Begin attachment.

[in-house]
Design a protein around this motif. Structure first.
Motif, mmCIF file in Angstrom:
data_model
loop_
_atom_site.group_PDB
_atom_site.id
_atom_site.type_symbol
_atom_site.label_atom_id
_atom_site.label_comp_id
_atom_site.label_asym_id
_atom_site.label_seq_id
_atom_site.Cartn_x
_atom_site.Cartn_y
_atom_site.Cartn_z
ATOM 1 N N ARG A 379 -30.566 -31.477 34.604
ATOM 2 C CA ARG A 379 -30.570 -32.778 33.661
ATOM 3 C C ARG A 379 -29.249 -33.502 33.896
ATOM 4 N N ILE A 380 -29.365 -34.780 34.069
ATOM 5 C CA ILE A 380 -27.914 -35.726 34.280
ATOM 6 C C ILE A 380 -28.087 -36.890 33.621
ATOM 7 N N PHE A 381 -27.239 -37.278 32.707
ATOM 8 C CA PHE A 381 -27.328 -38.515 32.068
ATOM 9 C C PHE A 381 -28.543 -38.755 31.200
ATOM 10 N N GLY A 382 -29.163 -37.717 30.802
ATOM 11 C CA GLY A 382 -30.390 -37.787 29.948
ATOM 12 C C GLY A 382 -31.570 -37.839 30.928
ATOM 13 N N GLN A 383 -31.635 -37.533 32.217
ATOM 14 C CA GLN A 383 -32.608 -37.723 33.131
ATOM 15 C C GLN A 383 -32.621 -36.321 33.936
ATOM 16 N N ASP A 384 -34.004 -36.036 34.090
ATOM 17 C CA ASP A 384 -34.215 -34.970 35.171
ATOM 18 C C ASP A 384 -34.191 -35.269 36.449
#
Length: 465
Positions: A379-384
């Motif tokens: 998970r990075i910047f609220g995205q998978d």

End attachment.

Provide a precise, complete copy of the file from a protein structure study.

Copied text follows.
[in-house]
Design a protein around this motif. Structure first.
Motif, mmCIF file in Angstrom:
data_model
loop_
_atom_site.group_PDB
_atom_site.id
_atom_site.type_symbol
_atom_site.label_atom_id
_atom_site.label_comp_id
_atom_site.label_asym_id
_atom_site.label_seq_id
_atom_site.Cartn_x
_atom_site.Cartn_y
_atom_site.Cartn_z
ATOM 1 N N ARG A 379 -30.566 -31.477 34.604
ATOM 2 C CA ARG A 379 -30.570 -32.778 33.661
ATOM 3 C C ARG A 379 -29.249 -33.502 33.896
ATOM 4 N N ILE A 380 -29.365 -34.780 34.069
ATOM 5 C CA ILE A 380 -27.914 -35.726 34.280
ATOM 6 C C ILE A 380 -28.087 -36.890 33.621
ATOM 7 N N PHE A 381 -27.239 -37.278 32.707
ATOM 8 C CA PHE A 381 -27.328 -38.515 32.068
ATOM 9 C C PHE A 381 -28.543 -38.755 31.200
ATOM 10 N N GLY A 382 -29.163 -37.717 30.802
ATOM 11 C CA GLY A 382 -30.390 -37.787 29.948
ATOM 12 C C GLY A 382 -31.570 -37.839 30.928
ATOM 13 N N GLN A 383 -31.635 -37.533 32.217
ATOM 14 C CA GLN A 383 -32.608 -37.723 33.131
ATOM 15 C C GLN A 383 -32.621 -36.321 33.936
ATOM 16 N N ASP A 384 -34.004 -36.036 34.090
ATOM 17 C CA ASP A 384 -34.215 -34.970 35.171
ATOM 18 C C ASP A 384 -34.191 -35.269 36.449
#
Length: 465
Positions: A379-384
């Motif tokens: 998970r990075i910047f609220g995205q998978d």